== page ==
This was a gargantuan effort that was directed from on high, but I was the grunt interfacing with the teams putting it together. I talked to engineers to get Pro Tools hardware talking to Avid timelines as a control surface for the first time ever, creating 3D rigs in XSI (whose long suit had been character animation) that were useful for broadcast animation and titling (ie, the opposite of anything vaguely resembling character animation)...

Oh yeah and an Avid branded version of Boris RED (Avid FX) that would now fit into the mix to answer the mograph, tracking, paint, compositing, and titling pieces. Where I also learned more than I ever wanted to know about integrating DISPLAY processing, thanks to a handful of entirely unrelated OpenGL implementations.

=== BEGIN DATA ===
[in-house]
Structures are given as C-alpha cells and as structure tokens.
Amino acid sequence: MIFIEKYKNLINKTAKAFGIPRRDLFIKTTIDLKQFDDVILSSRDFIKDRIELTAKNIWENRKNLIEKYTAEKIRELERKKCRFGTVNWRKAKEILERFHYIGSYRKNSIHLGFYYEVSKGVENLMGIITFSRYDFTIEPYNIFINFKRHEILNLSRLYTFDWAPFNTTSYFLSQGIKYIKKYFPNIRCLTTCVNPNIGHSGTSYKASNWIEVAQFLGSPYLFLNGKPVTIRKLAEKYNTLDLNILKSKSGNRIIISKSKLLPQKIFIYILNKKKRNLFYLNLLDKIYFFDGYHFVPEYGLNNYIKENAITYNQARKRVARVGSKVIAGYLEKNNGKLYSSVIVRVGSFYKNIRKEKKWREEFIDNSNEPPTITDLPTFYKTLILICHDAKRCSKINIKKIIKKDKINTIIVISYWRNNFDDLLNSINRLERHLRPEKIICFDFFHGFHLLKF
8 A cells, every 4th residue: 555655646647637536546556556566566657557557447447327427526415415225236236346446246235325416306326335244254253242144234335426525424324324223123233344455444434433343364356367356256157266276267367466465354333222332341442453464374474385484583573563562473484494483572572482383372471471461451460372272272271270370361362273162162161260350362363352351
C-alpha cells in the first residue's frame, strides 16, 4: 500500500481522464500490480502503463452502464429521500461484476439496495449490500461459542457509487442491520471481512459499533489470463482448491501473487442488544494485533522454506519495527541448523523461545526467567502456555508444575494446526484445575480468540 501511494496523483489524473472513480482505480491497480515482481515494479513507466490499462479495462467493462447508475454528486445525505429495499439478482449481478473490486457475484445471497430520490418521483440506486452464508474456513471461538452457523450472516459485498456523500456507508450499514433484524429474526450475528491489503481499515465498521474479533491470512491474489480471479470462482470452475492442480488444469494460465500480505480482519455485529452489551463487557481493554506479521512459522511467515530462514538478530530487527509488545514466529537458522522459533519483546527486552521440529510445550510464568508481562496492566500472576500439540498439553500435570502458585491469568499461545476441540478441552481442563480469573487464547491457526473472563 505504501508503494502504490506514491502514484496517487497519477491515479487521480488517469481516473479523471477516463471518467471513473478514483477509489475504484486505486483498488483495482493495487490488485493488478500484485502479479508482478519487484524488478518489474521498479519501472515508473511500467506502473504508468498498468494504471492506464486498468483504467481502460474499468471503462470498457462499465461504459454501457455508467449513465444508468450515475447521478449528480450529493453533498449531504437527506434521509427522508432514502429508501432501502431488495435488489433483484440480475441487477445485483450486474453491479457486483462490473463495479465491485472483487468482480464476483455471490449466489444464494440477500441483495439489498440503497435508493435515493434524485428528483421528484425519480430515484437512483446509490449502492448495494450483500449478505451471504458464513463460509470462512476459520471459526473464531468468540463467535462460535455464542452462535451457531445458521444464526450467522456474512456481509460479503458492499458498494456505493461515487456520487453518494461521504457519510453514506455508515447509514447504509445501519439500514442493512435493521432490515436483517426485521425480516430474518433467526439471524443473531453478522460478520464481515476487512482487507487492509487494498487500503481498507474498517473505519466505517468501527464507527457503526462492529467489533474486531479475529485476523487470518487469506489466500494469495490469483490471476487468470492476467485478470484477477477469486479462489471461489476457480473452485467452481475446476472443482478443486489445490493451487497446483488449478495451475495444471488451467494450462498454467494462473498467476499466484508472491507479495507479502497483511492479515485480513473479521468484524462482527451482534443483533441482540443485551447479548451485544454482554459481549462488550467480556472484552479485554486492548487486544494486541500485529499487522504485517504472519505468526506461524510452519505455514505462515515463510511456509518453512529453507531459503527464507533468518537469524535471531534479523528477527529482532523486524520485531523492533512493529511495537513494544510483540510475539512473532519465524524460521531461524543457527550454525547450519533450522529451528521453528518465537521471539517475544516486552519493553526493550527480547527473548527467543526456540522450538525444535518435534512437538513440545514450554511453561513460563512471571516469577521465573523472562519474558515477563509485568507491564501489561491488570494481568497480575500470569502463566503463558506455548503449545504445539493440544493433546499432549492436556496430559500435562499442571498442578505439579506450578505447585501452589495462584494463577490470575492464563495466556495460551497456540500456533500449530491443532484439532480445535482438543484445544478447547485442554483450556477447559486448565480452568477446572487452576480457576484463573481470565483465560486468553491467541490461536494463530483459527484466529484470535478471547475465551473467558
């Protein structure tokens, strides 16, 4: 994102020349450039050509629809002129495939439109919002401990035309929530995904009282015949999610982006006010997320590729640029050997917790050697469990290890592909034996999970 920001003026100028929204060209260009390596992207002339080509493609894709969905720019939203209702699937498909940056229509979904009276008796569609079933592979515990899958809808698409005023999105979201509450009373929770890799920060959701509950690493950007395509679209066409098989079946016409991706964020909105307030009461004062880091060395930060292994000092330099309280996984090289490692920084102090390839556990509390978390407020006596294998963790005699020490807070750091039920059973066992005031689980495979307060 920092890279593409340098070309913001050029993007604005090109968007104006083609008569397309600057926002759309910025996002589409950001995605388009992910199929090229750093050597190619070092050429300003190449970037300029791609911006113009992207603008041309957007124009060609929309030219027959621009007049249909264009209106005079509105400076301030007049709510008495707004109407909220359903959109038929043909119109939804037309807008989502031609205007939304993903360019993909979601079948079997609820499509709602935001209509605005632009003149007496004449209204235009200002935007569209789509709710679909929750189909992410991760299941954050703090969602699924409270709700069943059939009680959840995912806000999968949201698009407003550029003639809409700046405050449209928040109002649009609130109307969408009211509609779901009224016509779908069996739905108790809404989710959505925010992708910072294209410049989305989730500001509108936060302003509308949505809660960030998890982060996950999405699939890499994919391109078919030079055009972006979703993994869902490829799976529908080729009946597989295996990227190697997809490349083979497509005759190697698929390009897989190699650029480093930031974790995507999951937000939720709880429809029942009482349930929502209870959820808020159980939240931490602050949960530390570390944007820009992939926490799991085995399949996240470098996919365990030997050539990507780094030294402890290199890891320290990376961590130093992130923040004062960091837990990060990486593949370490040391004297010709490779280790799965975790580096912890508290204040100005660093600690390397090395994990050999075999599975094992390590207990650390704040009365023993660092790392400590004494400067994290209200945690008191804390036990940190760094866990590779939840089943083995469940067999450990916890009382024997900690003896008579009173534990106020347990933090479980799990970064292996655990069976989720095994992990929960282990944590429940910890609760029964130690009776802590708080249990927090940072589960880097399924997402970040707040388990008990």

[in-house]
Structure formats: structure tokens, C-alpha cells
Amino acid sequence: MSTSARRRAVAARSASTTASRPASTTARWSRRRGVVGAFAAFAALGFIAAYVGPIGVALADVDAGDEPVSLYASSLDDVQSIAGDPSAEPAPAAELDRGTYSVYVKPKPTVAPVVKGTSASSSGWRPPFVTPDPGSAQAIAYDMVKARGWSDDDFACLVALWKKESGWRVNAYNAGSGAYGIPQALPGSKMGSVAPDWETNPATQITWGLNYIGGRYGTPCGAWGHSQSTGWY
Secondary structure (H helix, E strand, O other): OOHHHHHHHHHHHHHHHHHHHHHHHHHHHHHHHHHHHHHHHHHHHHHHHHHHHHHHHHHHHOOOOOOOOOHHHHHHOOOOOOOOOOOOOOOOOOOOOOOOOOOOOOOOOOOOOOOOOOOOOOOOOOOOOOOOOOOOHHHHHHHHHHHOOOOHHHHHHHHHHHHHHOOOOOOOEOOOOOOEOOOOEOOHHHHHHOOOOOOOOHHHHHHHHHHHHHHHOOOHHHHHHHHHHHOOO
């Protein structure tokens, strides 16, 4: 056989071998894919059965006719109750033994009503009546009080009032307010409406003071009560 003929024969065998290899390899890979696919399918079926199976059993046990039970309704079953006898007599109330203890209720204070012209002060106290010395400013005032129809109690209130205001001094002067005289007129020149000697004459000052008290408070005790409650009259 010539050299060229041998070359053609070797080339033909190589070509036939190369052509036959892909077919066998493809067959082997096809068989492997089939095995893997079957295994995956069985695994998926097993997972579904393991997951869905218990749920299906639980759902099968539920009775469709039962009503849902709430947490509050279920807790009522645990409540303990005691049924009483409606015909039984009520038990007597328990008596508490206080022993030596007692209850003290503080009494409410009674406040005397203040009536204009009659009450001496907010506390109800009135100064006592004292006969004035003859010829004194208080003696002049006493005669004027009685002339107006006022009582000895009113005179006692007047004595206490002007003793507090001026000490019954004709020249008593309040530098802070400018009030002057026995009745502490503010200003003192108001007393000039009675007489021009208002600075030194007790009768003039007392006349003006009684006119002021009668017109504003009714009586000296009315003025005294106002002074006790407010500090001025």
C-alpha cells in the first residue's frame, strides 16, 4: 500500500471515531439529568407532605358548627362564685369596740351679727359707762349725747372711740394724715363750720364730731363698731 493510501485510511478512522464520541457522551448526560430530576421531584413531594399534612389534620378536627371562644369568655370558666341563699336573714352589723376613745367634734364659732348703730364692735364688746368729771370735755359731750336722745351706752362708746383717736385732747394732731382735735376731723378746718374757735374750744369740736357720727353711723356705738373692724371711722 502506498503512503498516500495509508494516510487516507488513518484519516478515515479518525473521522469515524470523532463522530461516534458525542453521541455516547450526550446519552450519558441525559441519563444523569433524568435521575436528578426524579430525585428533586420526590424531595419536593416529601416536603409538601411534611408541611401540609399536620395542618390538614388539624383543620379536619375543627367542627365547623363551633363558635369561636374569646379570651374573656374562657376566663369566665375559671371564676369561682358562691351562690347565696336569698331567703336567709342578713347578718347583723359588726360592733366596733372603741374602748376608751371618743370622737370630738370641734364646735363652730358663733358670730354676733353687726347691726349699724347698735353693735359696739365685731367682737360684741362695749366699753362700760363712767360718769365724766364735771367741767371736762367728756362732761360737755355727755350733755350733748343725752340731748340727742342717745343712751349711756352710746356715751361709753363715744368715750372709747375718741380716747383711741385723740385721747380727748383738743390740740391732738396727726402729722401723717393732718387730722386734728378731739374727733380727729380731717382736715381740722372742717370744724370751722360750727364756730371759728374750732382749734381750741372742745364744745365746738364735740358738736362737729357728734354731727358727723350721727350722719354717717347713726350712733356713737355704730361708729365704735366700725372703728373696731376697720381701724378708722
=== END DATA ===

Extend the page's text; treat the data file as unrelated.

By this point, combining everything I'd learned about timelines, interop, plugins, hardware, software, audio, video, 3D, for Avid, Apple, Adobe, and more, I was it. Nobody was juggling more of it than me.

(I'm skipping the DVD authoring and our unique integrations with SmartSound that I worked with them closely on. I'd been a customer since the 90s, and an still a fan, and yeah, learned STILL MORE about integration from these two. NLE markers to DVD chapters was just the beginning.)

Heck, I was even having to learn about integrated dongles, because the Pro Tools plugins all had their own dongles IN ADDITION TO the dongles for Avid and Pro Tools. Audio guys were used to this. Audio freelancers carried around suitcases of dongles, but I knew that even one dongle was too many for many people, and insisted on just one.

Well, I talked them down to two, which nobody had even tried before. And a ton of people did a ton of work to pull it off, so I called it a victory and moved on

But I wasn't done yet!

I'm going to take a pause in that story, though, to tell you this one.